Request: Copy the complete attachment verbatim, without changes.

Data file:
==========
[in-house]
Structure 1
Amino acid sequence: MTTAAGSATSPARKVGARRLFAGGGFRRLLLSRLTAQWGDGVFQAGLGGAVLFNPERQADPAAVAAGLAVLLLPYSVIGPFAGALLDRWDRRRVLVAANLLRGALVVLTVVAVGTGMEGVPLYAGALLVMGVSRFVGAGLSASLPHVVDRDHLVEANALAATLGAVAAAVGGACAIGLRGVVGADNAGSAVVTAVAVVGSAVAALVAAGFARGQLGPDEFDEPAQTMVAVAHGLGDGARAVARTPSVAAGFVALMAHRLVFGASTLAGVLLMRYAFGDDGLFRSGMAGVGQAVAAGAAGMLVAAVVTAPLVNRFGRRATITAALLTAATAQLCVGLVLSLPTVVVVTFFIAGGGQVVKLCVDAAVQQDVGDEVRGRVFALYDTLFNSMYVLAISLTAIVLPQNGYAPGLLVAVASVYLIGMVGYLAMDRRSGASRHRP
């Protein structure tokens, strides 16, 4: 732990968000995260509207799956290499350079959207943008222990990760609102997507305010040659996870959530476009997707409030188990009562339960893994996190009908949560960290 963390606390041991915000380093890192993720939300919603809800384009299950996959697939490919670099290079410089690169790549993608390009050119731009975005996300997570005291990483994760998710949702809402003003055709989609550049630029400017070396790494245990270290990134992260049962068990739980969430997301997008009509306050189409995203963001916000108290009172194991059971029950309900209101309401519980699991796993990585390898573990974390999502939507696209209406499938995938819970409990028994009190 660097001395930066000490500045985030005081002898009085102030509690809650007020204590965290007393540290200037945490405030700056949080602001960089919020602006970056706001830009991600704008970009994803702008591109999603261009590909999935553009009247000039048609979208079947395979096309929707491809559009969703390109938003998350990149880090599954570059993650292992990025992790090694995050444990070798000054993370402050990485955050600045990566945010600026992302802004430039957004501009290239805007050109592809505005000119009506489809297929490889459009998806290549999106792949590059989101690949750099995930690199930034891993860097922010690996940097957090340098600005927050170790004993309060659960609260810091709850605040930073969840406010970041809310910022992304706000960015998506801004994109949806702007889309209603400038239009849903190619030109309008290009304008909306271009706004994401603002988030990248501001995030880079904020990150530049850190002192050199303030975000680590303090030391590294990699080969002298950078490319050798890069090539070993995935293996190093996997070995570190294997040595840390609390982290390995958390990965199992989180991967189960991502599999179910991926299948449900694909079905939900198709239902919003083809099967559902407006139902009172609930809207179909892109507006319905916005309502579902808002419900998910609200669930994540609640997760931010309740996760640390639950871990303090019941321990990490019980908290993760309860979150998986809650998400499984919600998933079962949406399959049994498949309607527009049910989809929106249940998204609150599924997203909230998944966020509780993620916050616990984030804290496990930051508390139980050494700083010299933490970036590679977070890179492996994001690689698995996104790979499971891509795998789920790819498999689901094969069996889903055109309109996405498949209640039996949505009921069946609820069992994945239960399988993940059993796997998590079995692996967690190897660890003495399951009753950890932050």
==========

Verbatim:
[in-house]
Structure 1
Amino acid sequence: MTTAAGSATSPARKVGARRLFAGGGFRRLLLSRLTAQWGDGVFQAGLGGAVLFNPERQADPAAVAAGLAVLLLPYSVIGPFAGALLDRWDRRRVLVAANLLRGALVVLTVVAVGTGMEGVPLYAGALLVMGVSRFVGAGLSASLPHVVDRDHLVEANALAATLGAVAAAVGGACAIGLRGVVGADNAGSAVVTAVAVVGSAVAALVAAGFARGQLGPDEFDEPAQTMVAVAHGLGDGARAVARTPSVAAGFVALMAHRLVFGASTLAGVLLMRYAFGDDGLFRSGMAGVGQAVAAGAAGMLVAAVVTAPLVNRFGRRATITAALLTAATAQLCVGLVLSLPTVVVVTFFIAGGGQVVKLCVDAAVQQDVGDEVRGRVFALYDTLFNSMYVLAISLTAIVLPQNGYAPGLLVAVASVYLIGMVGYLAMDRRSGASRHRP
């Protein structure tokens, strides 16, 4: 732990968000995260509207799956290499350079959207943008222990990760609102997507305010040659996870959530476009997707409030188990009562339960893994996190009908949560960290 963390606390041991915000380093890192993720939300919603809800384009299950996959697939490919670099290079410089690169790549993608390009050119731009975005996300997570005291990483994760998710949702809402003003055709989609550049630029400017070396790494245990270290990134992260049962068990739980969430997301997008009509306050189409995203963001916000108290009172194991059971029950309900209101309401519980699991796993990585390898573990974390999502939507696209209406499938995938819970409990028994009190 660097001395930066000490500045985030005081002898009085102030509690809650007020204590965290007393540290200037945490405030700056949080602001960089919020602006970056706001830009991600704008970009994803702008591109999603261009590909999935553009009247000039048609979208079947395979096309929707491809559009969703390109938003998350990149880090599954570059993650292992990025992790090694995050444990070798000054993370402050990485955050600045990566945010600026992302802004430039957004501009290239805007050109592809505005000119009506489809297929490889459009998806290549999106792949590059989101690949750099995930690199930034891993860097922010690996940097957090340098600005927050170790004993309060659960609260810091709850605040930073969840406010970041809310910022992304706000960015998506801004994109949806702007889309209603400038239009849903190619030109309008290009304008909306271009706004994401603002988030990248501001995030880079904020990150530049850190002192050199303030975000680590303090030391590294990699080969002298950078490319050798890069090539070993995935293996190093996997070995570190294997040595840390609390982290390995958390990965199992989180991967189960991502599999179910991926299948449900694909079905939900198709239902919003083809099967559902407006139902009172609930809207179909892109507006319905916005309502579902808002419900998910609200669930994540609640997760931010309740996760640390639950871990303090019941321990990490019980908290993760309860979150998986809650998400499984919600998933079962949406399959049994498949309607527009049910989809929106249940998204609150599924997203909230998944966020509780993620916050616990984030804290496990930051508390139980050494700083010299933490970036590679977070890179492996994001690689698995996104790979499971891509795998789920790819498999689901094969069996889903055109309109996405498949209640039996949505009921069946609820069992994945239960399988993940059993796997998590079995692996967690190897660890003495399951009753950890932050």